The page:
This month’s theme ties in with a few of my interests/hobbies. An amateur genealogist, I was recently reading about the use of genetics in genealogy. As a nature lover and Environmental Science merit badge counselor, I’m constantly hearing about the effects of biodiversity (or lack thereof) on the environment. These interests impacted the books I chose to read this month.
Saving the Tasmanian Devil: How Science Is Helping the World’s Largest Marsupial Carnivore Survive by Dorothy Hinshaw Patent
Tasmanian devils are threatened by a disease that defies genetics. This book follows the author as she learns about the disease and how scientists are working to save the species.
CRISPR: A Powerful Way to Change DNA by Yolanda Ridge, illustrated by Alex Boersma
The book delves into CRISPR technology and how it can be used to modify DNA. It’s packed with interesting scenarios and questions about ethics.
Biodiversity: Explore the Diversity of Life on Earth with Environmental Science Activities for Kids by Laura Perdew, illustrated by Tom Casteel
Biodiversity is the variety of living things in an environment. This book explores biodiversity with a host of hands-on activities.
Bonus – This topic also ties in with a book I read for October’s STEM Tuesday theme.
Champion, The Comeback Tale of the American Chestnut Tree by Sally M Walker
To read about this book, check out this post: https://fromthemixedupfiles.com/stem-tuesday-extinction-in-the-classroom
Some of this month’s books have activities built into them. There’s a lot to explore there. Here are a few more ideas to extend or add to those.
Research and Speculate or Debate
There are lots of questions asked in CRISPR. For instance, in Chapter 4, while discussing the options available for modifying mosquito genes to get rid of malaria, there are the following questions:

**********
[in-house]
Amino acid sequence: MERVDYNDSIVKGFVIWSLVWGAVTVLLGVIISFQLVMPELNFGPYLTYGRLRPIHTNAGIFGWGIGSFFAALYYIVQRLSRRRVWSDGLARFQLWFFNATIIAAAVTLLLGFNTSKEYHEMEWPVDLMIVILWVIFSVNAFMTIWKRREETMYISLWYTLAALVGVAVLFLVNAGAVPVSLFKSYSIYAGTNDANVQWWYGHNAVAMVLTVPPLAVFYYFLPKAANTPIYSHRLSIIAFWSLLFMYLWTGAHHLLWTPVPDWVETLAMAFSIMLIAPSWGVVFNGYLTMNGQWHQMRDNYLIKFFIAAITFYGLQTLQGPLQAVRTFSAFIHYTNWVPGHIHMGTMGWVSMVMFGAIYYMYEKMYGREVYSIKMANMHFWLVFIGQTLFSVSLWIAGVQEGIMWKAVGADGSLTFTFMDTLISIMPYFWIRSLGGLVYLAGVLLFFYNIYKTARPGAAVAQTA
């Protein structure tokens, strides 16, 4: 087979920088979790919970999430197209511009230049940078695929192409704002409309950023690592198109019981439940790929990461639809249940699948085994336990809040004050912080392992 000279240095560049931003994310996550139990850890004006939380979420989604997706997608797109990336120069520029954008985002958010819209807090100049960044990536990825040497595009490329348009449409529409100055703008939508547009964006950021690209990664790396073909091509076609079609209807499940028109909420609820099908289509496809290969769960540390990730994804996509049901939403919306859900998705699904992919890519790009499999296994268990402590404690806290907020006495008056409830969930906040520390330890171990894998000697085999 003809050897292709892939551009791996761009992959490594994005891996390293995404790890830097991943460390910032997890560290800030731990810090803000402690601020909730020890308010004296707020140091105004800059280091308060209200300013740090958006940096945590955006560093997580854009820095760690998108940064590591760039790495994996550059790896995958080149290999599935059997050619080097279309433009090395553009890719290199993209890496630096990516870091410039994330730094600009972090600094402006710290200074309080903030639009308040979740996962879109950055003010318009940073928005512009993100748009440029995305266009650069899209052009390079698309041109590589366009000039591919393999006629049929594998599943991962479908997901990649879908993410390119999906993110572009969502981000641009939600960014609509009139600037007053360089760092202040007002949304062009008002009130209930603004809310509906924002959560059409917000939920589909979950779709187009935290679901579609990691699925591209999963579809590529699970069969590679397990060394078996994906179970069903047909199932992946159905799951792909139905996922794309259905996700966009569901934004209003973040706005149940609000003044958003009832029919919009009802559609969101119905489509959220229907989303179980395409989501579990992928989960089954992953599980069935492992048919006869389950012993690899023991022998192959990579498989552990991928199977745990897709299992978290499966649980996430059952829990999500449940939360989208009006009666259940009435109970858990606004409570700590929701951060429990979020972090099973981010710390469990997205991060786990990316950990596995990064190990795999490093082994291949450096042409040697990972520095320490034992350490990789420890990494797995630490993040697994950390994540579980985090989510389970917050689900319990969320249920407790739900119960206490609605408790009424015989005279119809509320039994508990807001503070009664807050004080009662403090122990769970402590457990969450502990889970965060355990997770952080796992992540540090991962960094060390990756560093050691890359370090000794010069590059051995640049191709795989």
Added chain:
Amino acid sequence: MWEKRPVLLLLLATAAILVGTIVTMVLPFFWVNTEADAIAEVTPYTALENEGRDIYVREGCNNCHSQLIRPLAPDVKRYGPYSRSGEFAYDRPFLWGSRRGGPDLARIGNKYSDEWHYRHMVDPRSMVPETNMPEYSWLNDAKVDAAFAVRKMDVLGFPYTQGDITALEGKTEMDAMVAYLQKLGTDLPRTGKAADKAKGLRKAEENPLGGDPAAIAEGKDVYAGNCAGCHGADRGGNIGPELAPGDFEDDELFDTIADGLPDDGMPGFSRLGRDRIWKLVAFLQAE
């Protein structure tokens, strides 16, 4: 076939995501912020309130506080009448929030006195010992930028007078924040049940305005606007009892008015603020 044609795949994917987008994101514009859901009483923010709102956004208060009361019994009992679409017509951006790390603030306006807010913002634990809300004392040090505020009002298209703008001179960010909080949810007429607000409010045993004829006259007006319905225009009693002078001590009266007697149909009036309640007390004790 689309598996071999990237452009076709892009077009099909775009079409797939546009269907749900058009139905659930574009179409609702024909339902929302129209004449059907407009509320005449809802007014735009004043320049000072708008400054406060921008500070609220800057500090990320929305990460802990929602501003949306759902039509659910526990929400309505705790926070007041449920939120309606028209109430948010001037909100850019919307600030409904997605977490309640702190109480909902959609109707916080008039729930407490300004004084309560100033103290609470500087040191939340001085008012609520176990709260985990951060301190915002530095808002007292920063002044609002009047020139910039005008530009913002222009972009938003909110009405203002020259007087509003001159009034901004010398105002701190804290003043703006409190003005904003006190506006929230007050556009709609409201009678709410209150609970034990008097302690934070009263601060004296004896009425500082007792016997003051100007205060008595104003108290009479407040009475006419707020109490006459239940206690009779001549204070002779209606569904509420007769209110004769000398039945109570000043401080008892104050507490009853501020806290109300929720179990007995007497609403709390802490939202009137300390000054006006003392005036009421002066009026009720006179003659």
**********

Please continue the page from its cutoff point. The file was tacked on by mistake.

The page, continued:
“[S]hould humans really get to decide whether an entire species will live or die? Who decides which pests are pesty enough to get rid of, and who makes sure the technology is limited to bugs?”
Mosquitoes are carriers for some serious diseases, but what if editing their genes wiped them out? What would that do to the food web? Do a little research to see if you can find out what role mosquitoes play in the ecosystem.
How are other animals impacted by the diseases mosquitoes carry? What would happen if we wiped out those diseases? How would biodiversity be impacted?
Once you’ve done a little research, speculate or debate. Speculate on what you think might happen in the different scenarios where genetically modified mosquitoes are unleashed on the world. Debate whether or not you think we have the right to do so.
If you don’t want to explore this topic, pick one of the other topics raised in one of this month’s books. (Each chapter in CRISPR has at least one topic worthy of a deep-dive.)
“What If?” is a common question to ask when plotting fiction stories. Many “What if?” questions come to mind when reading up on the topic of genetics. Chapter 10 of CRISPR includes a few futuristic scenes that could be used as a Sci-Fi writing prompt. Pick a genetics-based What If? and write a science fiction story based on it.
Here’s a blog post that gives some good advice: https://writingcooperative.com/how-to-write-a-science-fiction-story-3f04782d243c
Explore Family Genetics
One fun way to explore genetics is to look into inherited traits. There are many published activities out there. Here are a few to start with.
This page – https://learn.genetics.utah.edu/content/basics/activities – has several genetics activities. Perhaps start with “An Inventory of My Traits.”
If you want, explore traits among family members. “A Tree of Genetic Traits” from the previous website does this. Another similar activity is: https://www.sciencebuddies.org/stem-activities/seeing-pedigree-science-making-a-family-tree-of-traits.
Even if a child is adopted, they may share inherited traits with their adoptive parents. If not, maybe they can predict which traits they are likely to pass on to any children they might have.
Janet Slingerland is the author of over 20 books for young readers. Her latest project involves increasing the biodiversity in her yard by planting a wide variety of native plants. To find out more about Janet and her books, check out http://janetsbooks.com.